Quite often a newcomer or visitor to a Quaker meeting will comment that they like the ‘peace and quiet’ of our meetings for worship.
This bothers me.
I don’t mind that people find peace and quiet in our meetings. I don’t mind that they like peace and quiet. But I worry that people may think that peace and quiet is what we are about, that it is what we are there for.
I hope that it isn’t.
I don’t think we are aiming for peace and quiet.
We try to quiet our bodies and our busy minds in order to listen to that which we find hard to name, to pay heed to something within or beyond ourselves, to attune ourselves to something more important than our individual selves. It can be easier to do this in a space that is ‘quiet’ in the sense of being without distractions, auditory or otherwise. But it is our long term aim to be able to do it anywhere – including amid the noise and haste of everyday life.
We are aiming for peace, not in the sense of a few calm moments, but in the sense of an deep inner serenity and a right relationship with other people, on individual, social and global scales. We need the inner peace in order to achieve a better relationship with others, and a better relationship with other people in order to build a deeper inner serenity.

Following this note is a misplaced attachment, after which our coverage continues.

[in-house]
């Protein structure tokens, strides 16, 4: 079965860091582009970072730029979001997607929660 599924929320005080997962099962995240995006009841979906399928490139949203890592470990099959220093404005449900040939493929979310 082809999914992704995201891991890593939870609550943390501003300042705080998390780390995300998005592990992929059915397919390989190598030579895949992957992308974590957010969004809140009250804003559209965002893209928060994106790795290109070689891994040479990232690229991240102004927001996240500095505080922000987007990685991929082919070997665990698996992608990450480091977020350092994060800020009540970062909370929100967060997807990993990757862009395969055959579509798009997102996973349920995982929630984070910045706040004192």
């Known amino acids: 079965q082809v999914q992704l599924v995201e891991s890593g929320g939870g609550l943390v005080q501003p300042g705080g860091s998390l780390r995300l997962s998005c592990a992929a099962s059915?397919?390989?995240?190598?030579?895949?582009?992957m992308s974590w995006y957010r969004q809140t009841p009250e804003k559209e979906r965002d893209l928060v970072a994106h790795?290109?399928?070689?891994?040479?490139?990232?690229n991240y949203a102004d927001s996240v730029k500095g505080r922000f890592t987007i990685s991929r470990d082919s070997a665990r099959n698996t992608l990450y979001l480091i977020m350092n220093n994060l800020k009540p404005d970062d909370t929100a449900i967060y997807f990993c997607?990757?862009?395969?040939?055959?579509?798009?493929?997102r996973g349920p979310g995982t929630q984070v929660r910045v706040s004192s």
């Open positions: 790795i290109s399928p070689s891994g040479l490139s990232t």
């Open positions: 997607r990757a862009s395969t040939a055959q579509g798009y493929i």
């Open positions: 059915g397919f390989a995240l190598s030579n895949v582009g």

In the silence of meeting for worship we may become aware of the challenges we face in achieving this aim and this can be very troubling. In a truly gathered meeting we may be very disturbed, very far from ‘peace and quiet’. But if we persist we can also find the strength to face those challenges and to grow in our faith and to make a difference in the world, however small.
Sometimes I am glad to sit in meeting and find a bit of ‘peace and quiet’ – but the reason I keep going is that I am challenged and supported by what happens in the gathered meeting.